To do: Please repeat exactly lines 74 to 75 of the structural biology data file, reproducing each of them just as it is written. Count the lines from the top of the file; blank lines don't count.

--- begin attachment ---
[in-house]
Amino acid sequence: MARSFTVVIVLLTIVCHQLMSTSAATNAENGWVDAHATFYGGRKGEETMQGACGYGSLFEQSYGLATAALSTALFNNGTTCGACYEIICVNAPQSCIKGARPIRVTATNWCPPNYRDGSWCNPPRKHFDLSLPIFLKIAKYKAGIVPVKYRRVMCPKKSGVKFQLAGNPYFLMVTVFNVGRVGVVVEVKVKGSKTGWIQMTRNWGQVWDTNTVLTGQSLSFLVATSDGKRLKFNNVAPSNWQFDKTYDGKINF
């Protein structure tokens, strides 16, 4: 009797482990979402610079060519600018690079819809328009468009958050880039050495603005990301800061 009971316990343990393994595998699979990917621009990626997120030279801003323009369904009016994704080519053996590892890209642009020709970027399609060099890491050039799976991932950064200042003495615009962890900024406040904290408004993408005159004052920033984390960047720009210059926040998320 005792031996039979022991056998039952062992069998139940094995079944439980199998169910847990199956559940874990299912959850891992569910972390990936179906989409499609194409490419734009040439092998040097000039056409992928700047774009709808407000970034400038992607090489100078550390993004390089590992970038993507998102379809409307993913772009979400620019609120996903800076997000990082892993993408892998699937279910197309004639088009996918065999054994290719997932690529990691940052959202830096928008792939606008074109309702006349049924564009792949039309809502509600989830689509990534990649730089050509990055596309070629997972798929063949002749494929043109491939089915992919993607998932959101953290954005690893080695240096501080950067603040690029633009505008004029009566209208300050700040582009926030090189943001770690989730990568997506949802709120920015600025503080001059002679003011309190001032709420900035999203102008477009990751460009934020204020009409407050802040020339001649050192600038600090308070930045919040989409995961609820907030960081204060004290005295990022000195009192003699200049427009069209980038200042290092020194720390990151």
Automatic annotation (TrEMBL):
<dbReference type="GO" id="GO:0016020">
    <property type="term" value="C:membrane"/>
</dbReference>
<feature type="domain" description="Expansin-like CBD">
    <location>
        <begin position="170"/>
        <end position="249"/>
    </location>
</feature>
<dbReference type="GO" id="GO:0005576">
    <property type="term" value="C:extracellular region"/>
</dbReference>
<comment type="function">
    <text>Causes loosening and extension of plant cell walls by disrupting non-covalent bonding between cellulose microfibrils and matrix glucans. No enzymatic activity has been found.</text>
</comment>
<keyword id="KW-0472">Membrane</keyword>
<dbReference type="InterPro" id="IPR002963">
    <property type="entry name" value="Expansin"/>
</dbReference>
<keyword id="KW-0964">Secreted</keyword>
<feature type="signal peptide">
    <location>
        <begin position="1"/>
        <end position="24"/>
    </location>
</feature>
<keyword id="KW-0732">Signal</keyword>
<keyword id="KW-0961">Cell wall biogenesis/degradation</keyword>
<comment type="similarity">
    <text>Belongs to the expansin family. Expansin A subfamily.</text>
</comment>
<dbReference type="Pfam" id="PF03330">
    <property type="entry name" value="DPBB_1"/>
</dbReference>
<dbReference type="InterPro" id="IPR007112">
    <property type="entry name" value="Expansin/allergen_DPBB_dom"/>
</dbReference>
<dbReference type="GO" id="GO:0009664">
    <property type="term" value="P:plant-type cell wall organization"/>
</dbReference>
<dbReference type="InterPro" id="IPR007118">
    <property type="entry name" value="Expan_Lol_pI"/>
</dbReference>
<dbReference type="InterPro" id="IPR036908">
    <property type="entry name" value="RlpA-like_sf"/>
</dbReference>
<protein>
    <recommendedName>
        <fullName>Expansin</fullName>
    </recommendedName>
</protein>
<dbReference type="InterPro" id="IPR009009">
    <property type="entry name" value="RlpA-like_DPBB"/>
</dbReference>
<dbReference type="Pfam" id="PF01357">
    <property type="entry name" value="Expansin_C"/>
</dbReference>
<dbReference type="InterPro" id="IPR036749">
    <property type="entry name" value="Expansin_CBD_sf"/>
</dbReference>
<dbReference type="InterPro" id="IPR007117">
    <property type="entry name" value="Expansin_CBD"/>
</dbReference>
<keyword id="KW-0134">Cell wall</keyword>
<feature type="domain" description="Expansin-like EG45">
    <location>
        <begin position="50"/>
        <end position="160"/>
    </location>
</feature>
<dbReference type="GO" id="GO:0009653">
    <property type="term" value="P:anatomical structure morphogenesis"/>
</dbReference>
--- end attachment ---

</feature>
<dbReference type="GO" id="GO:0009653">